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Displaying posts with tag: amazon (reset)

$1000 per hour Servers, Anyone?
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Read the original article at $1000 per hour Servers, Anyone?

Amazon's spot market for computing power is set up as an open market for surplus servers. The price is dynamic and depends on demand. So when demand is low, you can get computing instances for rock bottom prices. When you do that you normally set a range of prices you're willing to pay. If it goes over your top end, your instances get killed and re-provisioned for someone else. Obviously this wouldn't work for all applications, like a website that has to be up all the time, but for computing power, say to run some huge hedge fund analytics, it might fit perfectly.

A recent post on SEO MOZ alerted us to an interesting story where spot instances spiked to

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RAID 10 your EBS data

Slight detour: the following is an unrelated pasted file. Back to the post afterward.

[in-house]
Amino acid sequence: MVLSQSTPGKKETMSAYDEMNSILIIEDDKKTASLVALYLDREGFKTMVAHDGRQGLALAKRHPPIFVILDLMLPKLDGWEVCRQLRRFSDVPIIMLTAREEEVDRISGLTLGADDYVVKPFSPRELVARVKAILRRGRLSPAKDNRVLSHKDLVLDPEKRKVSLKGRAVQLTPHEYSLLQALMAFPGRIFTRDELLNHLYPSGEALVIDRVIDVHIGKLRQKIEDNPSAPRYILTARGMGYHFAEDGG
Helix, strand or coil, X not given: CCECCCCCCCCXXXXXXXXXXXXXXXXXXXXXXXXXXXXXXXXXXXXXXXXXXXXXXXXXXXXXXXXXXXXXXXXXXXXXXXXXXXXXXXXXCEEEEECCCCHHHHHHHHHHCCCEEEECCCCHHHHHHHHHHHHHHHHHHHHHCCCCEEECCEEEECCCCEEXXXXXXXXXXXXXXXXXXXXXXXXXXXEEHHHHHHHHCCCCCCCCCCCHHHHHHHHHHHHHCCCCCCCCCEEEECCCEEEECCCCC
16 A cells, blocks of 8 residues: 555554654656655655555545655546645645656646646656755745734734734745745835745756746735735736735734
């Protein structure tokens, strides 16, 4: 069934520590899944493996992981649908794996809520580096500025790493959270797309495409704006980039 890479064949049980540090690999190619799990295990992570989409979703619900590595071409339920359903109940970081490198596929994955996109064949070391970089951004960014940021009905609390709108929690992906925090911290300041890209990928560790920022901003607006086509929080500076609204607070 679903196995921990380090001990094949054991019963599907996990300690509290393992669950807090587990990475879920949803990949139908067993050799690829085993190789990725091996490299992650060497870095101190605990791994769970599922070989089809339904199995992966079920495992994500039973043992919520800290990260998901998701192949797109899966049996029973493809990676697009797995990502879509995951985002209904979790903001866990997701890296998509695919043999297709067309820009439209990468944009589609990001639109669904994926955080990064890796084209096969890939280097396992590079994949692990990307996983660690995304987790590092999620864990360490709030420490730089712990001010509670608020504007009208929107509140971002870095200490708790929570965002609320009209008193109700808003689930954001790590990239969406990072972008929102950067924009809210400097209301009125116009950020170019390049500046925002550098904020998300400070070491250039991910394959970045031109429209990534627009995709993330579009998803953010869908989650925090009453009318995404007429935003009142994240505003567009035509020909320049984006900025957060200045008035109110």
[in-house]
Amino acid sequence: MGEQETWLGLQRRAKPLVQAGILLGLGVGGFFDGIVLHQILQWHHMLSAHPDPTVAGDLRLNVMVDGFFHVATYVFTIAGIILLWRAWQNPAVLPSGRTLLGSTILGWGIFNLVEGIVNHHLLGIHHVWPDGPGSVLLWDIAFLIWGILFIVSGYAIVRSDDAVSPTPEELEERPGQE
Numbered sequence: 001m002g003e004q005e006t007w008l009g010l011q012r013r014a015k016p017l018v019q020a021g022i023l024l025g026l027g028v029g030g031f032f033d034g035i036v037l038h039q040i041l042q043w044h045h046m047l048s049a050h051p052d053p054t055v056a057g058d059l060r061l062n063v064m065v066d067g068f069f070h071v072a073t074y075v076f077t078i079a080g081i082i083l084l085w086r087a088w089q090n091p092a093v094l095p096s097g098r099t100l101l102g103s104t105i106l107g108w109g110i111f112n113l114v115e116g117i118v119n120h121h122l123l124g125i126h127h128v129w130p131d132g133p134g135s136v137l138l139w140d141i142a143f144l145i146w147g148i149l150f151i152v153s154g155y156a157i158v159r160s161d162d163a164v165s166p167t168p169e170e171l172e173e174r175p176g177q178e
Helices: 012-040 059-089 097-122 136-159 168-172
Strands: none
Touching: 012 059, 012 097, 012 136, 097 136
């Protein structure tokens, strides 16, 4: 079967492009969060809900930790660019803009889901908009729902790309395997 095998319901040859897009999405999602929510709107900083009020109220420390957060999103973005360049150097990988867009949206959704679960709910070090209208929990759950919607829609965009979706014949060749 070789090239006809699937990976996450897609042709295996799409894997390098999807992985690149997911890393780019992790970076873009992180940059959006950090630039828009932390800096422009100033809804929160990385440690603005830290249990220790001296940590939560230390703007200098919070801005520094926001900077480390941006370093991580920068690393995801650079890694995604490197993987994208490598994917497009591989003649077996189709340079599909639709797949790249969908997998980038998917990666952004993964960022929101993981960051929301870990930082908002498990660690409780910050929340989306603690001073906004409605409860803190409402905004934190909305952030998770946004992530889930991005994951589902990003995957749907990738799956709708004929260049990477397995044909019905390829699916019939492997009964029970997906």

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When I spoke at Percona Live (video here) on running an E-commerce database in Amazon EC2, I briefly talked about using RAID 10 for additional performance and fault tolerance when using EBS volumes. At first, this seems counter intuitive. Amazon has a robust infrastructure, EBS volumes run on RAIDed hardware, and are mirrored in multiple availability zones. So, why bother? Today, I was reminded of just how important it is. Please note that all my performance statistics are based on direct experience running a MySQL database on a m2.4xlarge instance and not on some random bonnie or orion benchmark. I have those graphs floating around on my hard drive in glorious 3D and, while interesting, they do not necessarily reflect real-life

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Basic scalability principles to avert downtime
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In the press in the last two days has been the reported outage of Amazon Web Services Elastic Compute Cloud (EC2) in just one North Virginia data center. This has affected many large website includes FourSquare, Hootsuite, Reddit and Quora. A detailed list can be found at ec2disabled.com.

For these popular websites was this avoidable? Absolutely.

Basic scalability principles if deployed in these systems architecture would have averted the significant downtime regardless of your development stack. While I work primarily in MySQL these principles are not new, nor are they complicated, however they are fundamental concepts in scalability that apply to any technology